Wednesday, July 31, 2013

"Smart" Houses Added to List of Hacker Threats
From top to bottom, it appears that our modern internet-driven world filled with interconnected smart gadgets and modern computing applications is making us vulnerable to potentially life-changing hacks.

As was noted recently, not only are modern cars open to being hacked, but also boats, planes, and GPS-driven munitions and unmanned vehicles. (Source)

So, perhaps you think you'll ditch the modern car, get rid of the smartphone, limit travel and hunker down safe and cozy in your home. Well, unfortunately, if your house is filled with modern appliances and electronics, it could potentially open up a literal nightmare experience.

Smart Meters have arguably garnered the most concern in the housing market, as homeowners have begun voiving their concerns about documented health and privacy issues.

But what if you were awakened in the middle of the night by a phone call, and the person on the line told you they were taking full remote control over your home? Then proved it by turning your lights on and off, starting up the dishwasher, blasting your TV at full volume, and turning up the heat.

Then you hear your garage door opening.

This type of "haunting" scenario was the subject of Kashmir Hill's article writing for Forbes titled,  "When 'Smart Homes' Get Hacked: I Haunted A Complete Stranger's House Via The Internet."

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Switching on the heating, closing the blinds and even controlling what the children are watching on the TV are now becoming easier.

They can all now be controlled using a phone, App or tablet. The Home Automation Market is booming and thanks to smart technology there's no need to have lots of remote controls, they can all be done just using the one device.

Even your coffee can be controlled by tablet or smart phone.

Cornflake is the firm behind the technology, a new App called the Cornflake Concierge allows all the home gizzmos and gadgets to be controlled remotely either inside or outside the home.

"Where the internet comes into your property from then onwards we can control anything, so whether it be your Aga cooker, the top of your swimming pool, your lighting, your heating, your climate control. We can take heat from one area of your house and put it into air conditioning system so you're actually saving energy and saving money. Pretty much anything really that technology can do these days and it can do a lot." said Robin Shepherd, Cornflake's CEO.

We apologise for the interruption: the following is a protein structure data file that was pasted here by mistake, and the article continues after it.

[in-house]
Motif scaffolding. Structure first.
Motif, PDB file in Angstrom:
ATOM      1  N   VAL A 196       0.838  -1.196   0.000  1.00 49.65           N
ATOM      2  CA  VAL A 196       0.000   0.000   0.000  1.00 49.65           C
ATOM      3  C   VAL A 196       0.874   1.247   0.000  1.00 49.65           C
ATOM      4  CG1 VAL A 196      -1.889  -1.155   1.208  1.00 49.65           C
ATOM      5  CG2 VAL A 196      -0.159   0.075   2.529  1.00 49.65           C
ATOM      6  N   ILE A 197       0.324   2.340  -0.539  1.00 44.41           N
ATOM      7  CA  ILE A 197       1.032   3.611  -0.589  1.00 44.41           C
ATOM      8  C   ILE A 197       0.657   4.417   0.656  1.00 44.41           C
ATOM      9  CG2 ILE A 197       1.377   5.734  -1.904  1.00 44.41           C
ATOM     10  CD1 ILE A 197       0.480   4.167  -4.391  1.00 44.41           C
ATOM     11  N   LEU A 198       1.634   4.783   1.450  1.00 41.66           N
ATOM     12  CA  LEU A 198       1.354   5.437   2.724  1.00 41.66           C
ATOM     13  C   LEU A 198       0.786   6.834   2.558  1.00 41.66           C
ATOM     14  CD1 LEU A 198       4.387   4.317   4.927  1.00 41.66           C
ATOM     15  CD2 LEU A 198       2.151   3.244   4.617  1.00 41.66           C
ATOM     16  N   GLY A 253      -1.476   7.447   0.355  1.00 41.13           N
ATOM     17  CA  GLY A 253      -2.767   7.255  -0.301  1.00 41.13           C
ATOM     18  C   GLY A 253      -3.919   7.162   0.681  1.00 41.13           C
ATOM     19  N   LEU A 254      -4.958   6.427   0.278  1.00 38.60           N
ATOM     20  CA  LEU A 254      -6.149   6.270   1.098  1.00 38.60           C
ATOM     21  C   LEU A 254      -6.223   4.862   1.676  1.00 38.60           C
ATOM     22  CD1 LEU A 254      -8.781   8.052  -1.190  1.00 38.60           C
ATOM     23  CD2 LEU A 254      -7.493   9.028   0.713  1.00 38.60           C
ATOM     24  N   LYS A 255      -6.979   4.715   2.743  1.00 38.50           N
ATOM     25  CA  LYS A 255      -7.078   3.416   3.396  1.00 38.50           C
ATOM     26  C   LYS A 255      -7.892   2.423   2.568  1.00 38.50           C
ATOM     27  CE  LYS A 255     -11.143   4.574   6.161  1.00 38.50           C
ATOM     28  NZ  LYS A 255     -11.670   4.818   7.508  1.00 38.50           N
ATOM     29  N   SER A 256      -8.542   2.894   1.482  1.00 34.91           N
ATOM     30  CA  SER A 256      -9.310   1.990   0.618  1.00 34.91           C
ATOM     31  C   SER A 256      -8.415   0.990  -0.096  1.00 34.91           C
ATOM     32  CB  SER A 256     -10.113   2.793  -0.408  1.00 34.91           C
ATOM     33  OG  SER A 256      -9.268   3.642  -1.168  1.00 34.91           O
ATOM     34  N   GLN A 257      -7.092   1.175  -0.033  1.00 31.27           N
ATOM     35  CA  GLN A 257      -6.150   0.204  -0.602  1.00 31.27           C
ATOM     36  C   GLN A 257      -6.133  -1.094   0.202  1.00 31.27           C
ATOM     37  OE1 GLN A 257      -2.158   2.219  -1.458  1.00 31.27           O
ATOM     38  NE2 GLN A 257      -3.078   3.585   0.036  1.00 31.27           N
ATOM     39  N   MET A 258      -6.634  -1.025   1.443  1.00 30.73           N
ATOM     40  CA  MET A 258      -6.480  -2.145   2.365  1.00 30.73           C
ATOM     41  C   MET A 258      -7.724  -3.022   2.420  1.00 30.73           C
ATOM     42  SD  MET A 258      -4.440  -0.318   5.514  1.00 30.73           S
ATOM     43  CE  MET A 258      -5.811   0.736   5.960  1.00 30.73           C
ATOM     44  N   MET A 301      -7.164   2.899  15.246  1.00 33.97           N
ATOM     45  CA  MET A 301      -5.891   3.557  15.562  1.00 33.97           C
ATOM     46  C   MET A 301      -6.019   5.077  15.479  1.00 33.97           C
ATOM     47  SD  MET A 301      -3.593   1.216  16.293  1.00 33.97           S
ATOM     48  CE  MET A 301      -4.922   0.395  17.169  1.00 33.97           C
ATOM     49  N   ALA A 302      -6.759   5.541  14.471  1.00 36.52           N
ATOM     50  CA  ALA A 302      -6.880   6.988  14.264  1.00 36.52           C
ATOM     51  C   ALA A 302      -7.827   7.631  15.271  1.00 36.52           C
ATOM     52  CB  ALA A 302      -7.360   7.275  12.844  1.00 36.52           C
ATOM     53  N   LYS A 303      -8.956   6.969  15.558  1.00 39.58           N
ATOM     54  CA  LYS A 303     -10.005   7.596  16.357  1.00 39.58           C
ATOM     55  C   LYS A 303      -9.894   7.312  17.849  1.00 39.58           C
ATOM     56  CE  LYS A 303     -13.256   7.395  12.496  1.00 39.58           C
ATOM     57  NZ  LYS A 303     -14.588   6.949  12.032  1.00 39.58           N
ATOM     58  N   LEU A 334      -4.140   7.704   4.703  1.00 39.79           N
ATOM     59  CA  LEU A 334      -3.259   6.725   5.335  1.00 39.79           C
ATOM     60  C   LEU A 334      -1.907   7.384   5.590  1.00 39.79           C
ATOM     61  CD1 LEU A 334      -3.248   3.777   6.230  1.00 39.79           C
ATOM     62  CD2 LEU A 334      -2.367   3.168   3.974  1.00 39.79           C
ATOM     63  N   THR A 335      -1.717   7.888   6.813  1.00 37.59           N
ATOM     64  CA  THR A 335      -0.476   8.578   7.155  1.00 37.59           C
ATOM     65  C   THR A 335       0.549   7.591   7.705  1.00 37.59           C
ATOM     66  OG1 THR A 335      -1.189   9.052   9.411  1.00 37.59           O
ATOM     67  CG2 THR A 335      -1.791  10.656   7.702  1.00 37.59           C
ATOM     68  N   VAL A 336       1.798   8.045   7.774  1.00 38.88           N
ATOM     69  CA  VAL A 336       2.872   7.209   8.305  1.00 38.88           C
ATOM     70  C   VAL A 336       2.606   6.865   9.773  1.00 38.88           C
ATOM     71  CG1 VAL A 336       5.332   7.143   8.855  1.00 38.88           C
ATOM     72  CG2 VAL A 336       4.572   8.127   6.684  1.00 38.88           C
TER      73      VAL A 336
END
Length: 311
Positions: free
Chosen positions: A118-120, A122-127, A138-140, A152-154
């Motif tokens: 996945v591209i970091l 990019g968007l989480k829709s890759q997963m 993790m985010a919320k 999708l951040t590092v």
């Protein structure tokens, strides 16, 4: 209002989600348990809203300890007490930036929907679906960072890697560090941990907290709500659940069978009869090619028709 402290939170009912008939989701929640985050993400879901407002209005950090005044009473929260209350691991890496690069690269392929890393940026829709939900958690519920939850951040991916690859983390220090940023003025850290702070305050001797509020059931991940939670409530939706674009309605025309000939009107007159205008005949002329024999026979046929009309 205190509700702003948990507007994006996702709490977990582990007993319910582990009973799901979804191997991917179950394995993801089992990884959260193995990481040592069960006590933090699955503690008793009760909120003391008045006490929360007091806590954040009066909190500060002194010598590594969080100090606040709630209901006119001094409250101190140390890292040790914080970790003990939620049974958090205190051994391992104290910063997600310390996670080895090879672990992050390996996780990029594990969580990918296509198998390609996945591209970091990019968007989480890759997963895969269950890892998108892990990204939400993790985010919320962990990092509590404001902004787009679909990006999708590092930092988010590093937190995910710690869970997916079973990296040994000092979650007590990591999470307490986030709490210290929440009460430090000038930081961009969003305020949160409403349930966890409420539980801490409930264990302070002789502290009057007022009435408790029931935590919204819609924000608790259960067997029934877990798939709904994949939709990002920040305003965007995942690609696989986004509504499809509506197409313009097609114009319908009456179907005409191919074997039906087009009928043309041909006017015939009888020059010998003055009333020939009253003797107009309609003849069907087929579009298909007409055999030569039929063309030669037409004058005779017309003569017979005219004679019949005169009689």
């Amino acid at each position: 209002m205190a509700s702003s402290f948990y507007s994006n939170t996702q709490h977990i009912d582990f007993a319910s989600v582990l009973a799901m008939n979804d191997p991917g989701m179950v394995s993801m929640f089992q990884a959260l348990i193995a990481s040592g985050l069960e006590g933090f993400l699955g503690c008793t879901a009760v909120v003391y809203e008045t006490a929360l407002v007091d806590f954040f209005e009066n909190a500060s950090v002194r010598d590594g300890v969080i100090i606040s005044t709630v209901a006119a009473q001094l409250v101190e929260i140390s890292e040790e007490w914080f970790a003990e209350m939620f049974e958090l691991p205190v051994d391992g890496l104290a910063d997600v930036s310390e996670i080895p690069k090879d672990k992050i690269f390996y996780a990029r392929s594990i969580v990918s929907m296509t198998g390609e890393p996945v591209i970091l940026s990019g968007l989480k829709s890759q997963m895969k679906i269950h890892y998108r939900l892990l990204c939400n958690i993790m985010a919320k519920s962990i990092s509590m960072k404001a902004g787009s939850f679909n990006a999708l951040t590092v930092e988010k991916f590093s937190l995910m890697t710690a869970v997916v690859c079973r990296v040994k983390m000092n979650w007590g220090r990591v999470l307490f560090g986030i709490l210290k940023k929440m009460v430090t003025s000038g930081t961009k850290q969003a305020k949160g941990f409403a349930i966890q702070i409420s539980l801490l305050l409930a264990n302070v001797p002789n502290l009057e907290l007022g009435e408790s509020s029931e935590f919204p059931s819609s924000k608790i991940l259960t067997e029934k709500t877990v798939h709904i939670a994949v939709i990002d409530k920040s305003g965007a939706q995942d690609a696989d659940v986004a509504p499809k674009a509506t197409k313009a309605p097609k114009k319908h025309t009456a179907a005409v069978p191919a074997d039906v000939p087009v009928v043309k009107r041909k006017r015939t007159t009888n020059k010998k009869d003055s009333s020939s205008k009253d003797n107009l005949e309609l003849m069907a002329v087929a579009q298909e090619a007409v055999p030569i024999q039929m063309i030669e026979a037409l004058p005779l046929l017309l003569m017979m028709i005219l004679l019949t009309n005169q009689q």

Cornflake has built a two-storey town house in central London to show off the very latest in home technology. It cost £1.4 million to build and features a further half a million pounds worth of equipment.

The games room features a revolving dance floor and giant screen hidden behind a electronic wall. Everything - including music, CCTV, heating and cinema is synced to a centralised system which can be hidden in the home.

Owners select which room they want to control from a plan on their tablet or phone.

The home automation market is booming thanks to technology prices coming down and the proliferation of tablets and smart phones acting as interface between technology and consumer.

Last year Europe's Home Automation market earned 223 million euros and it's set to grow by more than 50 percent by 2017. Germany is by far the largest market with a 47 percent share, followed by France with 10 percent and then the UK.

"Technology prices half every 12 months, so within 12 months twice the size of the market can afford the sort of technology we supply today. And of course with the price points coming down it will become just the norm that when you go into people houses they will have the ability to have sound and vision everywhere." said Shephard.

Since the introduction of tablet computers in 2010, the market has changed drastically.

"The Smart Home's really undergone a lot of changes over the last decade. Traditionally we've seen very luxury systems, very high end home automation systems dominating the market and that's still the case now but really we're seeing a shift from that luxury segment much more towards the mass market systems and smart phones and tablets are a lot to do with that," said Elizabeth Mead, market analyst at IHS Electronics & Media.

"I think it might just might be the general uptake in technology in the home. You're seeing much more of the in home network in the mass market and smart phones and tablets are a lot to do with that." she added.

Not every home can afford its own cinema room but as home automation technologies evolve to become smarter, spaces like this may not be only the preserve of the rich and famous.


John Terry said...
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Jimmy Hazard said...
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